Epiphany 2009: The Light Within

The word “epiphany” means to show, often translated as “manifestation”.  The implication is that the revelation we are experiencing is the uncovering of something that was hitherto hidden from our sight or perception. 

On this special feast, we celebrate the fact that we recognize the revelation of our God in the person of Jesus the Christ.  We celebrate this revelation because to many of Jesus’ own contemporaries, his role as the messenger of God remained hidden to them.  In Matthew’s Gospel, which I just read, a group of foreigners is among the first to recognize Jesus’ special calling.  They see his star in the East and come with gifts to honor him.  There are, of course, other instances in the New Testament of people having an epiphany, of people recognizing Jesus:

#  Peter recognizes Jesus as the Christ in Matthew Ch. 16;

# The thief on the cross recognized him as he was dying (Lk.23)

#  The apostle Thomas realized who he was on that night when the Risen Jesus appeared to him (John 20)

# Paul recognizes Jesus in a special epiphany on the road to Damascus (Acts 9)

In each of these stories, it is as if the mystery is uncovered, revealed, unveiled.  But the reality is that each of these people had been staring the truth in the face.  The truth had been there all along, it just took them some time to put it all together.  Once they figured it out, they were bursting at the seams, eager to share their insight and their love of God with everyone they met.

There are some people in churches today who would just as soon keep the secret to themselves.  They have developed elaborate theological arguments and ideas and have erected a series of walls and barriers around the central idea of Christ’s all inclusive love.  Nevermind the fact that the love of God is beyond human control.  Nevermind that the love of God, as taught by this Jesus, is NOT to be reserved for club members only, nor to those with special theological training, nor to those in positions of authority.

The Apostle Paul understands that his primary task is to share his epiphany with others, and not to keep the revelation a secret.  He calls this, ‘the inexhaustible riches and generosity of Christ’ and he recognizes that this is not some finite resource that can be hoarded or doled out like earthly governments dole out financial aid to those they deem worthy.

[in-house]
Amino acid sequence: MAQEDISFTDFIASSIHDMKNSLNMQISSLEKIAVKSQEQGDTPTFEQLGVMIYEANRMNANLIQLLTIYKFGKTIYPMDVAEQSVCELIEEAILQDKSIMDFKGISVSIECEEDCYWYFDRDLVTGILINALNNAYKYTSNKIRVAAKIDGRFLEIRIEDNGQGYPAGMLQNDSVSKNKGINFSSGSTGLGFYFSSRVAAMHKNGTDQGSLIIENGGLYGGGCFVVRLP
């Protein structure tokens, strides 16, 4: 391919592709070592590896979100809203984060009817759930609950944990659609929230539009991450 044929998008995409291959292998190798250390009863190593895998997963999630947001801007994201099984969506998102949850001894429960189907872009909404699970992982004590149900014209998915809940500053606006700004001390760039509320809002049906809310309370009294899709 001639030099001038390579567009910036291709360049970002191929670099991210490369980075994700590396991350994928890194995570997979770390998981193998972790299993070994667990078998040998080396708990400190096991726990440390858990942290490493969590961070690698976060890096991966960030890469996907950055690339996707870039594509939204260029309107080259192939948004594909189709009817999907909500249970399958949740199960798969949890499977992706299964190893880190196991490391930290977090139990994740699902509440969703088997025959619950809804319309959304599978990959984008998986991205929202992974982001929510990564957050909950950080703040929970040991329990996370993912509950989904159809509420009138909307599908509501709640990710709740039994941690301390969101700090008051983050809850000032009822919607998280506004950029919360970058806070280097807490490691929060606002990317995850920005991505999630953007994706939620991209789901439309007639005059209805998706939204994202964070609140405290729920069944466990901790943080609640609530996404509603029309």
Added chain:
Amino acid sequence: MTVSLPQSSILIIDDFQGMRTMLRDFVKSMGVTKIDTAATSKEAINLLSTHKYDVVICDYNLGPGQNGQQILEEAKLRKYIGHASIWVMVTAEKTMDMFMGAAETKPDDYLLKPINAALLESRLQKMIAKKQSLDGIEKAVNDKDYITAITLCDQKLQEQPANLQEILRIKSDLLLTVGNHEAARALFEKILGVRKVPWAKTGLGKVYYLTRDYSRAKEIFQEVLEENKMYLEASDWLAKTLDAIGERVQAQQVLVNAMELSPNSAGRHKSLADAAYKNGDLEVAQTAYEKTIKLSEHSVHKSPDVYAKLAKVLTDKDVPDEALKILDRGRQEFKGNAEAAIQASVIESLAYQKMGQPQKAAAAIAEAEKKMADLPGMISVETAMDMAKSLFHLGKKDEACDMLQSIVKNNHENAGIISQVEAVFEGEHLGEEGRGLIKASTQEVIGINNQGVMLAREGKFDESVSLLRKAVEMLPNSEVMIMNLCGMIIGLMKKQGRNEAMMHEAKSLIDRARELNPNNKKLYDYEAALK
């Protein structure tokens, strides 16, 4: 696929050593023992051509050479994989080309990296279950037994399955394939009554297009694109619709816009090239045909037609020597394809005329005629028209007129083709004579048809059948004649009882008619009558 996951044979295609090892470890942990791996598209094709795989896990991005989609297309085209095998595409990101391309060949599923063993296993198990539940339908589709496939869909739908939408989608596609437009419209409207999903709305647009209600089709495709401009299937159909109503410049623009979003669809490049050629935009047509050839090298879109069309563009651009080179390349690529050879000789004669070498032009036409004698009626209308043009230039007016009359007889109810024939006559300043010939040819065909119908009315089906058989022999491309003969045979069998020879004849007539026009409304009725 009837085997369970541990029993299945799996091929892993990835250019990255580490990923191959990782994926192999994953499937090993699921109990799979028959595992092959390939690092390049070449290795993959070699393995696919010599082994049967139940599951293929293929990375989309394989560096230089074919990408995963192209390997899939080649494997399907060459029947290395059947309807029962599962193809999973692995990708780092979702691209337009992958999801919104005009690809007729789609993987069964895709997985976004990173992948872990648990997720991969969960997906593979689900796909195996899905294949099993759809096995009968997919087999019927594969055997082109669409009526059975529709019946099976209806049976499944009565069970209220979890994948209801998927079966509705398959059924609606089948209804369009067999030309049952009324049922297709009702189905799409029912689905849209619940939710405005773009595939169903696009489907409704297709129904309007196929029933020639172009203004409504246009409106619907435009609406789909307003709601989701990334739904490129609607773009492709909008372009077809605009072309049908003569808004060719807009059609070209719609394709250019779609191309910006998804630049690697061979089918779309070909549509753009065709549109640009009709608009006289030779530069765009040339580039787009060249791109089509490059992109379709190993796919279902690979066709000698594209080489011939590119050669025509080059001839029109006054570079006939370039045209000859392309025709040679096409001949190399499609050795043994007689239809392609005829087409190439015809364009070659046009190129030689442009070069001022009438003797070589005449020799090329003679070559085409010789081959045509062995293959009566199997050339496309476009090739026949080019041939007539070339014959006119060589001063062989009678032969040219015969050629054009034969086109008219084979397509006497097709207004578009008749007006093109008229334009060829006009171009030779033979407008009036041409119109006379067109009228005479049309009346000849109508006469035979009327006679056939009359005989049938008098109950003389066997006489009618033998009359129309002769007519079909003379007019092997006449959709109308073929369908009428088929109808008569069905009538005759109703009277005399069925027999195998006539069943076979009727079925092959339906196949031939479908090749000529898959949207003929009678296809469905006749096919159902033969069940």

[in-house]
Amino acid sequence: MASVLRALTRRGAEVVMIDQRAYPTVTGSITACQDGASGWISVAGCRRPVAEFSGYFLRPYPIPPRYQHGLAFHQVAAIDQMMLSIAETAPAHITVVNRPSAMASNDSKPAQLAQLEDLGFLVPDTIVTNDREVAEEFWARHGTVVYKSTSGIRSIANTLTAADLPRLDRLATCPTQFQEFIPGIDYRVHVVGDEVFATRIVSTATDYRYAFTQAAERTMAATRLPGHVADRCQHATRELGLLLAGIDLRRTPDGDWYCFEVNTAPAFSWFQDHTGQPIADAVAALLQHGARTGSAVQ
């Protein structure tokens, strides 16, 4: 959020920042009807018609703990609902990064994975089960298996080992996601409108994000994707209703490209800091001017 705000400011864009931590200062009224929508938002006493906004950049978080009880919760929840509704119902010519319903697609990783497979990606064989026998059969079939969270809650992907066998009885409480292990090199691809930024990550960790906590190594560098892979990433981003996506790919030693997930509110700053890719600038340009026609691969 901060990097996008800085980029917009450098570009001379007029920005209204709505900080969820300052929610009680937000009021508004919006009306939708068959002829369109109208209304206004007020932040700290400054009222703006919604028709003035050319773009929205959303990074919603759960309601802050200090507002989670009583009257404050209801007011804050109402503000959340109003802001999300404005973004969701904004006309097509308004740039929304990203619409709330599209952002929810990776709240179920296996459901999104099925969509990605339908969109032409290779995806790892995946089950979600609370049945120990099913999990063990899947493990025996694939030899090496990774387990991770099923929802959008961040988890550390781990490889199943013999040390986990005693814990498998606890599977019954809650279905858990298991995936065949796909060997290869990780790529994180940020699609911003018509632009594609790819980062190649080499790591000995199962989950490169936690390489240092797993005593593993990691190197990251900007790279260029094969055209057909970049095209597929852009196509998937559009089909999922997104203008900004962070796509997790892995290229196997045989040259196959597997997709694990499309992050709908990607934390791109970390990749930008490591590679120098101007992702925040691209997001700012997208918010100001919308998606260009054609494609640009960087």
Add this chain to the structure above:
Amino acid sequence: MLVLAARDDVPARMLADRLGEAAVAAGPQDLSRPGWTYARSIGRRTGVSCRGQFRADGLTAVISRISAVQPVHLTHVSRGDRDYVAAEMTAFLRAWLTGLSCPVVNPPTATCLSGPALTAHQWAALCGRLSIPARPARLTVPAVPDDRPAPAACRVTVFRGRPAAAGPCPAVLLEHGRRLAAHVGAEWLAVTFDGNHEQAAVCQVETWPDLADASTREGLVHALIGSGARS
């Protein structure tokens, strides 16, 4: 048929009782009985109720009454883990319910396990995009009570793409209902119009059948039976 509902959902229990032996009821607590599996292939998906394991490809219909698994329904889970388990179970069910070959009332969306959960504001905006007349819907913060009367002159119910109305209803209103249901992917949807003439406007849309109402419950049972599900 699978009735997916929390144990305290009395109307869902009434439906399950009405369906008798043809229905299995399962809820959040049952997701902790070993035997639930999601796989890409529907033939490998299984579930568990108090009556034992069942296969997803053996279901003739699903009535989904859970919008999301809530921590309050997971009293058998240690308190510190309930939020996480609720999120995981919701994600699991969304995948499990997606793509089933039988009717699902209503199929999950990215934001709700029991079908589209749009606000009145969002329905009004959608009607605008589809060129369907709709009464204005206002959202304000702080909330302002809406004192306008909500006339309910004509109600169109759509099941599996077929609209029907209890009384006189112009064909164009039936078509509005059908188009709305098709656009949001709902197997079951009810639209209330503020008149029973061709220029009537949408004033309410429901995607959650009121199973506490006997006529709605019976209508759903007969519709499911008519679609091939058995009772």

The revelation of God’s love continues non-stop even today, in our everyday lives.  But, we need to slow down and pay attention if we are going to receive the epiphany.  When we slow down, we notice things like the Northern lights on a crisp autumn night, or a full moon rising triumphant, or the affection in the face of a child.    To the unobservant, revelations cannot be made manifest.  Elizabeth Barrett Browning says it best:  “Earth is crammed with heaven and every common bush afire with God; and only the one who sees takes off his shoes.  The rest sit around it and pluck blackberries.”

When we are attentive to the life of Christ within us, to the presence of the God of the Universe within our own heart, we are able to respond to the miracles that surround us.  We can celebrate God’s presence in new ways, we can notice the presence of this God in the hearts of all those with whom we come in contact.  And so it is with Christmas.  We barely pause to join the shepherds and the Magi at the manger and then we’re off in a big hurry to resume our previously routine.  We feel sometimes like the power is draining from our lives, and we become complacent about our faith, about the divine nature that we share.

This year, I pray we can all find the means to stay in the miraculous present.  I pray we can be consciously aware of the fact that we are an essential, irreplaceable part of God’s plan for the world—a plan that includes everyone, even our neighbors who make too much  noise, even our enemies and the people who despise us.

Epiphany, then, is not just a date in history.  It’s the star of divine nature and power that shines brightly within every human heart, warming us, healing us, showing us the way forward in the dark times, giving us the courage to do what we can to make God’s Reign evident to all.  This year, we choose to recognize who we really are, valuing what we have seen, committed to bringing a little more light to a world that is often hurting.  The miracles abound, the revelations are ongoing and life-changing….if we will only be still and recognize them for the epiphanies that they truly are.

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About frmichelrcc

I have a degree in religious studies from the University of Wisconsin, did graduate work in theology at St. Norbert College, De Pere, Wisconsin, and also at St. Paul's University in Ottawa. I have been a Benedictine since I first professed as an oblate in 1982, making final profession in 2009. I have worked as vocations director in a large diocese in the mid-west and am a spiritual director in the Benedictine tradition. I have 3 sons, one of whom is now in God's loving embrace in eternity, and 2 grandsons, Bradley and Jacob.
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